Right to freedom from slavery and forced labour
Public sector guidance sheet
This material is provided to persons who have a role in Commonwealth legislation, policy and programs as general guidance only and is not to be relied upon as legal advice. Commonwealth agencies subject to the Legal Services Directions 2005 requiring legal advice in relation to matters raised in this Guidance Sheet must seek that advice in accordance with the Directions.
What is the right to freedom from slavery and forced labour?
The right to freedom from slavery prohibits people being held in conditions in which the powers attaching to the right of ownership are exercised.
The right to freedom from forced labour requires that a person be free from work or service that is compelled under the threat of penalty and which the person has not offered to perform voluntarily.
Where does the right to freedom from slavery and forced labour come from?
Australia is a party to seven core international human rights treaties. The right to freedom from slavery and forced labour is contained in article 8 of the International Covenant on Civil and Political Rights (ICCPR).
See also article 27 the Convention on the Rights of Persons with Disabilities (CRPD).
When do I need to consider the right to freedom from slavery and forced labour?
You will need to consider the right to freedom from slavery and forced labour when you are working on legislation, a policy or a program that:
- compels the provision of any labour or the performance of any service under threat of a penalty, including during a state of emergency, or
- relates to human trafficking.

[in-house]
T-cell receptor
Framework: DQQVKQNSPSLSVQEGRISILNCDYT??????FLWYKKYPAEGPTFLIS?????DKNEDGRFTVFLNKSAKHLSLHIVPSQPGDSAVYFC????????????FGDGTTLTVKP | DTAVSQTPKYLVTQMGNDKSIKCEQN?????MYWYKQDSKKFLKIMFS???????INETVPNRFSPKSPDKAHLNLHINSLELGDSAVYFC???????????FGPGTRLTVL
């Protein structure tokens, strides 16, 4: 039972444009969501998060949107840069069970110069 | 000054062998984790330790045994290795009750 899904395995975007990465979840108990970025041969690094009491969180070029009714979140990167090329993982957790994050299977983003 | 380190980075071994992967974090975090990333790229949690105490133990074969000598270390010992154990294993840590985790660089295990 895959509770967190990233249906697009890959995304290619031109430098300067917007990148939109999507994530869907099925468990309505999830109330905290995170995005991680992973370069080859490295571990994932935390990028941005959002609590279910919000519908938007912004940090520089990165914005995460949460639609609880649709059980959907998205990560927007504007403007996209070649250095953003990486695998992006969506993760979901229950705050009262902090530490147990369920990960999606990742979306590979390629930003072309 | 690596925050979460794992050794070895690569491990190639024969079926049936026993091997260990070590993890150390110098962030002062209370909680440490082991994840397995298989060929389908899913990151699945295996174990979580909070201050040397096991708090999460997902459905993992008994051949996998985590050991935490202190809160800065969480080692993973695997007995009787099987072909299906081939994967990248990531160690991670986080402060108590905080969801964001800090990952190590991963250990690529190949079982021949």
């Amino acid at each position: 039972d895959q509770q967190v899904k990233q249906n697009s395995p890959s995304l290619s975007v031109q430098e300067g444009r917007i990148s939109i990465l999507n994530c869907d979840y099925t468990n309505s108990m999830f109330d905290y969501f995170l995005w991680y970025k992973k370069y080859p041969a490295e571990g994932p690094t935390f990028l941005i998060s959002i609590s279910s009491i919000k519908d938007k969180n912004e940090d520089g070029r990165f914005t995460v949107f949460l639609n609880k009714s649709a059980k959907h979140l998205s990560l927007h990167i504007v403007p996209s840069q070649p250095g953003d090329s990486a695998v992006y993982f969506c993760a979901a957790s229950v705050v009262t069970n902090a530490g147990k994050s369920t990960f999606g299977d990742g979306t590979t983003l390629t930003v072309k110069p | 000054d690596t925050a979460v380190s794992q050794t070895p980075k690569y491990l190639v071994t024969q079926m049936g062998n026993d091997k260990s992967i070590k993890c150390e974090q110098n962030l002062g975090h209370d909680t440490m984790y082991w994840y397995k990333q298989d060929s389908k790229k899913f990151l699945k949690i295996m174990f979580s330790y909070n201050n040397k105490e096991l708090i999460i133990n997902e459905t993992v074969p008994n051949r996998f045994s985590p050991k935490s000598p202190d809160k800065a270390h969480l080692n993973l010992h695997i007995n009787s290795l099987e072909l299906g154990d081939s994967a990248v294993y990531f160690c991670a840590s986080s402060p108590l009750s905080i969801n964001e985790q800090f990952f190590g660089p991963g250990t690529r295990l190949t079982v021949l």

This list should not be regarded as exhaustive.
Australian Government officials working abroad also have obligations to report suspected breaches of Australian extraterritorial offences including slavery and human trafficking.
What is the scope of the right to freedom from slavery and forced labour under international legal frameworks?
Slavery is defined in the International Convention to Suppress the Slave Trade and Slavery of 1926 to mean 'the status or condition of a person over whom any or all of the powers attaching to the right of ownership are exercised'. The prohibition against slavery has long been recognised as a crime under international law from which no exception is permitted.
Slavery is also dealt with in the Supplementary Convention on the Abolition of Slavery, the Slave Trade, and Institutions and Practices Similar to Slavery of 1956 which expands the definition of slavery to encompass slavery-like practices including debt bondage, serfdom, forced marriage and certain instances of child exploitation.
Australia is a party to both the 1926 and 1956 conventions.
International Labour Organization (ILO) Convention No 29 on the abolition of forced labour provides that:
For the purposes of this Convention the term forced or compulsory labour shall mean all work or service which is exacted from any person under the menace of any penalty and for which the said person has not offered himself voluntarily.
Australia is a party to this Convention.
'Work' includes all kinds of work or service, not just physical work. Globally, men, women and children have been used as forced labour in construction, mining, fishing, forestry, agriculture and hospitality. Other work includes domestic and sweatshop labour, sex work, street begging and forced recruitment into militias or armed forces.